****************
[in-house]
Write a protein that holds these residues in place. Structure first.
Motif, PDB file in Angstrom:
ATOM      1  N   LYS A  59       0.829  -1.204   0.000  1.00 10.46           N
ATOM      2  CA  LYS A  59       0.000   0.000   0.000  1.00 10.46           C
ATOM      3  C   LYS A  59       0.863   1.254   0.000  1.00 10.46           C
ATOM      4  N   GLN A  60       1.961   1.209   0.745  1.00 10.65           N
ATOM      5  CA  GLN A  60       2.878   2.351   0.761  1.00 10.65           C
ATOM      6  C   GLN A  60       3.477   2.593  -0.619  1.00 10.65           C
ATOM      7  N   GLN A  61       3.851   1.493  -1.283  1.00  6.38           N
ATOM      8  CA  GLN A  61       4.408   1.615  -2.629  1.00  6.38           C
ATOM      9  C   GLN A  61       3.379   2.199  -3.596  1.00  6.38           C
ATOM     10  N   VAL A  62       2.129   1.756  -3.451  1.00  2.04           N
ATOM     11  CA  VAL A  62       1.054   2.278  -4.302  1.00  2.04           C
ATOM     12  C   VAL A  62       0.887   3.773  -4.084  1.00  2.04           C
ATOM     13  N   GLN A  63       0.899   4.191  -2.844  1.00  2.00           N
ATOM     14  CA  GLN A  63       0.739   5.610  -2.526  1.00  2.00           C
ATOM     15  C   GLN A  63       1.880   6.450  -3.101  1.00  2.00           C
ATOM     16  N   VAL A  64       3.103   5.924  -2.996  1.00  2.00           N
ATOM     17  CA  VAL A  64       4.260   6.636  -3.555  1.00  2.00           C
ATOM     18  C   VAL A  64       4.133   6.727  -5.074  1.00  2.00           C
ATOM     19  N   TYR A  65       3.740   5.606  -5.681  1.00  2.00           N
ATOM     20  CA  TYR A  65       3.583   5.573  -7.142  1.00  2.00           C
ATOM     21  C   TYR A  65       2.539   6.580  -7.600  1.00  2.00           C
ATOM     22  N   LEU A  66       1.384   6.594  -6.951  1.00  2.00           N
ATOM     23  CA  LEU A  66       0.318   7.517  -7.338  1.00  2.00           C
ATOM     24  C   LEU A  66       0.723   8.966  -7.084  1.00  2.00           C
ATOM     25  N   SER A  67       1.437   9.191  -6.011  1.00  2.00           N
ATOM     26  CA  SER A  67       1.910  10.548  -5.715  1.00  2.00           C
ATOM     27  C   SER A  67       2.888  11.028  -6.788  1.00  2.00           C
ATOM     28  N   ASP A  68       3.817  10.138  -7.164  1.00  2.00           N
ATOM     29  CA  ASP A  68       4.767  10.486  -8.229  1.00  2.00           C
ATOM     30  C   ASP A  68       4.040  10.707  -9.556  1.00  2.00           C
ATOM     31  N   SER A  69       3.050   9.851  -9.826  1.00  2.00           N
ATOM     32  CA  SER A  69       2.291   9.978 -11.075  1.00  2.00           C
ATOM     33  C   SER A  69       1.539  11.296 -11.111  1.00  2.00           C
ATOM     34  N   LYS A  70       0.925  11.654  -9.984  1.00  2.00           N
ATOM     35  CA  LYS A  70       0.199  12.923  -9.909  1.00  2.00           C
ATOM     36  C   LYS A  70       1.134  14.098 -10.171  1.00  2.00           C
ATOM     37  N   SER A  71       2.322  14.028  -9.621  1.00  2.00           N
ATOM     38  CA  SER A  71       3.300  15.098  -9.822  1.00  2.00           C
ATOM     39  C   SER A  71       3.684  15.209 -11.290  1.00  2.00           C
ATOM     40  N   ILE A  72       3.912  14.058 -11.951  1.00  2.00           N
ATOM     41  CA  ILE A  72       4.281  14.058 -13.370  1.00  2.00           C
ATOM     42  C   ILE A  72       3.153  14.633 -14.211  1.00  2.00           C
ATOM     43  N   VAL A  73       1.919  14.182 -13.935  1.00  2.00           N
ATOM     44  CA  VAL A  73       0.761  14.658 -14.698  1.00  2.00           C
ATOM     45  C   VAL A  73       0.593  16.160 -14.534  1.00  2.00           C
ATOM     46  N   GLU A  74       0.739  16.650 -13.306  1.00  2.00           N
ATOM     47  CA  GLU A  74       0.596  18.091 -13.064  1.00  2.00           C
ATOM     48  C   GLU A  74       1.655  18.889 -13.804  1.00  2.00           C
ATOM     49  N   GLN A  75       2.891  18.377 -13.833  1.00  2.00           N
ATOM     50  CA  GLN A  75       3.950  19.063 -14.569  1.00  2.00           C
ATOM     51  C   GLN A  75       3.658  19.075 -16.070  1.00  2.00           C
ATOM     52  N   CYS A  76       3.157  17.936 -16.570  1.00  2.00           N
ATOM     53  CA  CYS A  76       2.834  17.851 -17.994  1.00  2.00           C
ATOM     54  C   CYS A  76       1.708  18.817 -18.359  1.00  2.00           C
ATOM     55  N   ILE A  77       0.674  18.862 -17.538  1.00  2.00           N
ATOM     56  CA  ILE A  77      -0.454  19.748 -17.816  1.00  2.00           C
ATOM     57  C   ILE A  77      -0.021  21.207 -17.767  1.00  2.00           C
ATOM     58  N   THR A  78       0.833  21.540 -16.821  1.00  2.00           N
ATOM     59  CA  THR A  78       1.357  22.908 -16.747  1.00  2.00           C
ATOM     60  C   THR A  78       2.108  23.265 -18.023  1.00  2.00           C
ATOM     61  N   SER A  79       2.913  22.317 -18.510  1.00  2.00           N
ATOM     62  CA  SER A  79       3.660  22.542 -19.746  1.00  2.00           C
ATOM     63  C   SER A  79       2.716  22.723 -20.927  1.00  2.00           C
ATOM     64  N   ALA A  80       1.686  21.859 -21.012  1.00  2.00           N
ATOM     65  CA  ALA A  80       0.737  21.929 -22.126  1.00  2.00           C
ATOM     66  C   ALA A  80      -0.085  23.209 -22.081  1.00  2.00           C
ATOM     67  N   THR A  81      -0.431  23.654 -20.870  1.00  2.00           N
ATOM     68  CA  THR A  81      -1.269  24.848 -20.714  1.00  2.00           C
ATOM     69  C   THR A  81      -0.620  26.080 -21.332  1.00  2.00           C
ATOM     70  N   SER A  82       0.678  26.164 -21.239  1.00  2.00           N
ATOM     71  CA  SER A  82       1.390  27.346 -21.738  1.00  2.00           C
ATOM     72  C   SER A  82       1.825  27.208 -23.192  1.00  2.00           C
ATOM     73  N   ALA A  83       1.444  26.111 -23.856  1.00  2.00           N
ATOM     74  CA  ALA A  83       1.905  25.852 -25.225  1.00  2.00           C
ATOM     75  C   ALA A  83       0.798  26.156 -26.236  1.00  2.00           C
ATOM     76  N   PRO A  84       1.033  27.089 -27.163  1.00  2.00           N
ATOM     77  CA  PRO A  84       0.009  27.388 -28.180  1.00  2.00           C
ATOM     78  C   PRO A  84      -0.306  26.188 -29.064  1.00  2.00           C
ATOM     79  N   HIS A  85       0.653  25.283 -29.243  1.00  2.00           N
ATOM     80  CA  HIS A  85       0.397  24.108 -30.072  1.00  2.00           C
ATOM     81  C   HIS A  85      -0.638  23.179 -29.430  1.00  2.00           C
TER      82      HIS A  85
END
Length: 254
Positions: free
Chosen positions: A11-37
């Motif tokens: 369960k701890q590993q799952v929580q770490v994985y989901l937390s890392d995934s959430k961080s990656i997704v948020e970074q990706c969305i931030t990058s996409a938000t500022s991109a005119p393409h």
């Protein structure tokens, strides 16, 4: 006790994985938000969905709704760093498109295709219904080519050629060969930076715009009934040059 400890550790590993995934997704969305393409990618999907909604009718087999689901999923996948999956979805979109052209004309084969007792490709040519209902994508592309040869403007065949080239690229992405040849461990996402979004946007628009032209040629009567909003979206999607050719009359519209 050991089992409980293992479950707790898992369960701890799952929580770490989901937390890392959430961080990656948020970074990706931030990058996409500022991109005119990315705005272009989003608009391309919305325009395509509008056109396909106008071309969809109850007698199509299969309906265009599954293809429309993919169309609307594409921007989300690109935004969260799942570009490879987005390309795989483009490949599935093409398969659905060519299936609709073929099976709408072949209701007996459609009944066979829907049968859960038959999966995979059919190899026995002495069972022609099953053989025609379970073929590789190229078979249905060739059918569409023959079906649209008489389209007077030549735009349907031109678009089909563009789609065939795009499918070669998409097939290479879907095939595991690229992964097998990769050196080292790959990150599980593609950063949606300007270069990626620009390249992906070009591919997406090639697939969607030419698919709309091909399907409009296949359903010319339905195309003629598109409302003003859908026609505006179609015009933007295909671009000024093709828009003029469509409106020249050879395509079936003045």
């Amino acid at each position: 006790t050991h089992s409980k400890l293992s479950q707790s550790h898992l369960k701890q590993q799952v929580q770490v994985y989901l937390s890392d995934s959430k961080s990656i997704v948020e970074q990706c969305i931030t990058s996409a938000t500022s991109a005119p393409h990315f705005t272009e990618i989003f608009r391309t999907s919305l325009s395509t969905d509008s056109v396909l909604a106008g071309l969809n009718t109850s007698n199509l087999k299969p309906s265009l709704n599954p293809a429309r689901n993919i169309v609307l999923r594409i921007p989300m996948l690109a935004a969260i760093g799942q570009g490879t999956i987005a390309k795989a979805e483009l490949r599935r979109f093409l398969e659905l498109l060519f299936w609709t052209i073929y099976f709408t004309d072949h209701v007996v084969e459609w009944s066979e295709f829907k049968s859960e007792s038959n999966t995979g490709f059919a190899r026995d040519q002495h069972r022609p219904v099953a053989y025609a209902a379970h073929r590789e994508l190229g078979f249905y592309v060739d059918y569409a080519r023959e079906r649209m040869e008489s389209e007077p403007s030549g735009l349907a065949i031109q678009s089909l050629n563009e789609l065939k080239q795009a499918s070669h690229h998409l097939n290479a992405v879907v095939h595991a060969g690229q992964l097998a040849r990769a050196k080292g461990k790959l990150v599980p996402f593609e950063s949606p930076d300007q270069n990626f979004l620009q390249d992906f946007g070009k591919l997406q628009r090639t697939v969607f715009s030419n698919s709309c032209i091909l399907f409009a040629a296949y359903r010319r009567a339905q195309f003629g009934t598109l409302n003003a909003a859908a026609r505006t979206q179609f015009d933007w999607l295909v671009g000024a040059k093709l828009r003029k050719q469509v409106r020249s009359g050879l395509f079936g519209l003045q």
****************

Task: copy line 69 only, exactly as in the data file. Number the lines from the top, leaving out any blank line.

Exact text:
ATOM     66  C   ALA A  80      -0.085  23.209 -22.081  1.00  2.00           C